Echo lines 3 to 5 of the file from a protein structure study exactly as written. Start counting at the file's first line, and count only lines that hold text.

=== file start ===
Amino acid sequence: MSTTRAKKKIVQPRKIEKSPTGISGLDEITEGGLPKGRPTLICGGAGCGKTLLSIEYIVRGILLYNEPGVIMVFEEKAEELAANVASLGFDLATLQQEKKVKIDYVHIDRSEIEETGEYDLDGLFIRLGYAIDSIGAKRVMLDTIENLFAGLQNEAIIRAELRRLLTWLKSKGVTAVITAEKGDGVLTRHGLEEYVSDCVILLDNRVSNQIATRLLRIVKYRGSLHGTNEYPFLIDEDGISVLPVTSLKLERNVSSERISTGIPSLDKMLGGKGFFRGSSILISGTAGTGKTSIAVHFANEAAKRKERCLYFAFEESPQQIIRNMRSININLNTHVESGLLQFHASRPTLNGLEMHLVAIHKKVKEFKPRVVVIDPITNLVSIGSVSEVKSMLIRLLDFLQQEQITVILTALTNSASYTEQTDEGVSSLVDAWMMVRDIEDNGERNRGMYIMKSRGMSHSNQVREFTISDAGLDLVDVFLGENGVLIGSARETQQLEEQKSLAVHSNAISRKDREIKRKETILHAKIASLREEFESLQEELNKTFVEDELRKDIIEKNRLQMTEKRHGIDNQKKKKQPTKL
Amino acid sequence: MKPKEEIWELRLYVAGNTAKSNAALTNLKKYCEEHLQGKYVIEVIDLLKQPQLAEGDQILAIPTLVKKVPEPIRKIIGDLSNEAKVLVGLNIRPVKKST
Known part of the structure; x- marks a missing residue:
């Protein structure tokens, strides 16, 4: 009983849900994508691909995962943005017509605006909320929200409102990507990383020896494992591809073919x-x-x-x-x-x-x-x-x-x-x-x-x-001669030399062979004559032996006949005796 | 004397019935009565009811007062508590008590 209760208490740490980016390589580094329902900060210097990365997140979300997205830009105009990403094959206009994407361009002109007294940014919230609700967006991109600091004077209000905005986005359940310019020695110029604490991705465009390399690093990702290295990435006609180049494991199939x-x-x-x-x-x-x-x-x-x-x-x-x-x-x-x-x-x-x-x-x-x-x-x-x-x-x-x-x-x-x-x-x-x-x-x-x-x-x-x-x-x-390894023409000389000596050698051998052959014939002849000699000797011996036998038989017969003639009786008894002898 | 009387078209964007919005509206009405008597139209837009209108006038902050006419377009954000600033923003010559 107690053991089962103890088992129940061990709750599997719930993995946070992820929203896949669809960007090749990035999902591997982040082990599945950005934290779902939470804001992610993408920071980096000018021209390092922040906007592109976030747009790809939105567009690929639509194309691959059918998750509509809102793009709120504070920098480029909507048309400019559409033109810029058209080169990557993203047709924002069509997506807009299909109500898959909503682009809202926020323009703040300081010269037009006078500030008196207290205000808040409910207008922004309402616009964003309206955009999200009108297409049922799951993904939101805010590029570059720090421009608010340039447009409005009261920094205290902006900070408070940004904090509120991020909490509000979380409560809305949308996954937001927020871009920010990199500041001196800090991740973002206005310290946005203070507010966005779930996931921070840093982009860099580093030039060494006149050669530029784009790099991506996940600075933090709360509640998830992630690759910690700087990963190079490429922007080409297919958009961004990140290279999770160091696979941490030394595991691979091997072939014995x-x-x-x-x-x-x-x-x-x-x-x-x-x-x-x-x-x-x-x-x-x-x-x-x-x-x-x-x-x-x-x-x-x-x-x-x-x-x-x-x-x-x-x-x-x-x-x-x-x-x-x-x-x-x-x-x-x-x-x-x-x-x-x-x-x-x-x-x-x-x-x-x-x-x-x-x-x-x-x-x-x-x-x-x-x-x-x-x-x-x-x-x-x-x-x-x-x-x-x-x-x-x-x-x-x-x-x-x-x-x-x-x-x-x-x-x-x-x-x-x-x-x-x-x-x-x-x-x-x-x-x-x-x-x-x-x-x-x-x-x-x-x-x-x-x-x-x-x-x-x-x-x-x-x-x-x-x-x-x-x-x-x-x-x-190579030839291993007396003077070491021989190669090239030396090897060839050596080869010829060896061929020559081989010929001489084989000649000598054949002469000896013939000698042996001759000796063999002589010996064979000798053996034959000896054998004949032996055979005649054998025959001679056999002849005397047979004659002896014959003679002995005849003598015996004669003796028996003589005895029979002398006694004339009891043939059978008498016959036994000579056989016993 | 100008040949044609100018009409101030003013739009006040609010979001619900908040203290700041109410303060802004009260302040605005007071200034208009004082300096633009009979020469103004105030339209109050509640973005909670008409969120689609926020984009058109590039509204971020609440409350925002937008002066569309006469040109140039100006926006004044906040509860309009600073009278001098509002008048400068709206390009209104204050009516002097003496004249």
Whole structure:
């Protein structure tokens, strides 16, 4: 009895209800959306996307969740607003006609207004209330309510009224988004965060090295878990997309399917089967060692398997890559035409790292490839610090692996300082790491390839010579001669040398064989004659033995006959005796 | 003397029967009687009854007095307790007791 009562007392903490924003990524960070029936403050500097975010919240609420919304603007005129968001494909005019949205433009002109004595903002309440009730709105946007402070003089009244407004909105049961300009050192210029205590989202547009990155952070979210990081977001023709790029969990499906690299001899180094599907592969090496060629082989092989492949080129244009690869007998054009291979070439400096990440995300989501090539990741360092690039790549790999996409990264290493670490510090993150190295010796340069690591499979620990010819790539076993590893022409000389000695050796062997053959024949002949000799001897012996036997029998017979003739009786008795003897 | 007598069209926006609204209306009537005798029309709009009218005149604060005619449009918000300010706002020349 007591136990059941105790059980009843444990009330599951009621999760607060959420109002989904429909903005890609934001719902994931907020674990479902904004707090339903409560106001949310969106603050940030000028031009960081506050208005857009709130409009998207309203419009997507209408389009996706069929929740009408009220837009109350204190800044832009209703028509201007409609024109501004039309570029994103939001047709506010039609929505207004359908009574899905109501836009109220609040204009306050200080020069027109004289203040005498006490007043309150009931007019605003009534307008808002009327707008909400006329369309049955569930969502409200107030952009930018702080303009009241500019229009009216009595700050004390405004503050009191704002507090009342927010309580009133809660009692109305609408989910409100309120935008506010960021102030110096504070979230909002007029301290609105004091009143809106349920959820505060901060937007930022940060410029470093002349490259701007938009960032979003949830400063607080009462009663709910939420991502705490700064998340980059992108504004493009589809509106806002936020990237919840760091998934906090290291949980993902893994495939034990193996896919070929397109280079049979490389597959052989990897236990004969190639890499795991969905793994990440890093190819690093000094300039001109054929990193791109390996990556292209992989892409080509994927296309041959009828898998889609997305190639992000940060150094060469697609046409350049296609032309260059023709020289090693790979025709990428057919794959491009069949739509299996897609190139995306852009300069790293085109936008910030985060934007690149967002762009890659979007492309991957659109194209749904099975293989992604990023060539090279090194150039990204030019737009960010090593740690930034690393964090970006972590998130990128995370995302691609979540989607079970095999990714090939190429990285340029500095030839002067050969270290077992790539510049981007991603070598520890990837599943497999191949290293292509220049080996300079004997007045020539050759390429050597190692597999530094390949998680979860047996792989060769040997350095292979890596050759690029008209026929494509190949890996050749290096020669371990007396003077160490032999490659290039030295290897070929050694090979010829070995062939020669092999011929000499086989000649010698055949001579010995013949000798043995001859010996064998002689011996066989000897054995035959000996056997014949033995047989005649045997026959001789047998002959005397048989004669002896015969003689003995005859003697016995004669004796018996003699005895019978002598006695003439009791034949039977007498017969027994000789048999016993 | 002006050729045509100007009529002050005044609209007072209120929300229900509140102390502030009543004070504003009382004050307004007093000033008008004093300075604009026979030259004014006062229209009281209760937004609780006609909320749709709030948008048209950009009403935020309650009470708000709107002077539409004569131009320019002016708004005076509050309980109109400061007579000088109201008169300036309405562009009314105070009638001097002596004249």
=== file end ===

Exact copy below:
Known part of the structure; x- marks a missing residue:
């Protein structure tokens, strides 16, 4: 009983849900994508691909995962943005017509605006909320929200409102990507990383020896494992591809073919x-x-x-x-x-x-x-x-x-x-x-x-x-001669030399062979004559032996006949005796 | 004397019935009565009811007062508590008590 209760208490740490980016390589580094329902900060210097990365997140979300997205830009105009990403094959206009994407361009002109007294940014919230609700967006991109600091004077209000905005986005359940310019020695110029604490991705465009390399690093990702290295990435006609180049494991199939x-x-x-x-x-x-x-x-x-x-x-x-x-x-x-x-x-x-x-x-x-x-x-x-x-x-x-x-x-x-x-x-x-x-x-x-x-x-x-x-x-x-390894023409000389000596050698051998052959014939002849000699000797011996036998038989017969003639009786008894002898 | 009387078209964007919005509206009405008597139209837009209108006038902050006419377009954000600033923003010559 107690053991089962103890088992129940061990709750599997719930993995946070992820929203896949669809960007090749990035999902591997982040082990599945950005934290779902939470804001992610993408920071980096000018021209390092922040906007592109976030747009790809939105567009690929639509194309691959059918998750509509809102793009709120504070920098480029909507048309400019559409033109810029058209080169990557993203047709924002069509997506807009299909109500898959909503682009809202926020323009703040300081010269037009006078500030008196207290205000808040409910207008922004309402616009964003309206955009999200009108297409049922799951993904939101805010590029570059720090421009608010340039447009409005009261920094205290902006900070408070940004904090509120991020909490509000979380409560809305949308996954937001927020871009920010990199500041001196800090991740973002206005310290946005203070507010966005779930996931921070840093982009860099580093030039060494006149050669530029784009790099991506996940600075933090709360509640998830992630690759910690700087990963190079490429922007080409297919958009961004990140290279999770160091696979941490030394595991691979091997072939014995x-x-x-x-x-x-x-x-x-x-x-x-x-x-x-x-x-x-x-x-x-x-x-x-x-x-x-x-x-x-x-x-x-x-x-x-x-x-x-x-x-x-x-x-x-x-x-x-x-x-x-x-x-x-x-x-x-x-x-x-x-x-x-x-x-x-x-x-x-x-x-x-x-x-x-x-x-x-x-x-x-x-x-x-x-x-x-x-x-x-x-x-x-x-x-x-x-x-x-x-x-x-x-x-x-x-x-x-x-x-x-x-x-x-x-x-x-x-x-x-x-x-x-x-x-x-x-x-x-x-x-x-x-x-x-x-x-x-x-x-x-x-x-x-x-x-x-x-x-x-x-x-x-x-x-x-x-x-x-x-x-x-x-x-x-190579030839291993007396003077070491021989190669090239030396090897060839050596080869010829060896061929020559081989010929001489084989000649000598054949002469000896013939000698042996001759000796063999002589010996064979000798053996034959000896054998004949032996055979005649054998025959001679056999002849005397047979004659002896014959003679002995005849003598015996004669003796028996003589005895029979002398006694004339009891043939059978008498016959036994000579056989016993 | 100008040949044609100018009409101030003013739009006040609010979001619900908040203290700041109410303060802004009260302040605005007071200034208009004082300096633009009979020469103004105030339209109050509640973005909670008409969120689609926020984009058109590039509204971020609440409350925002937008002066569309006469040109140039100006926006004044906040509860309009600073009278001098509002008048400068709206390009209104204050009516002097003496004249």
Whole structure: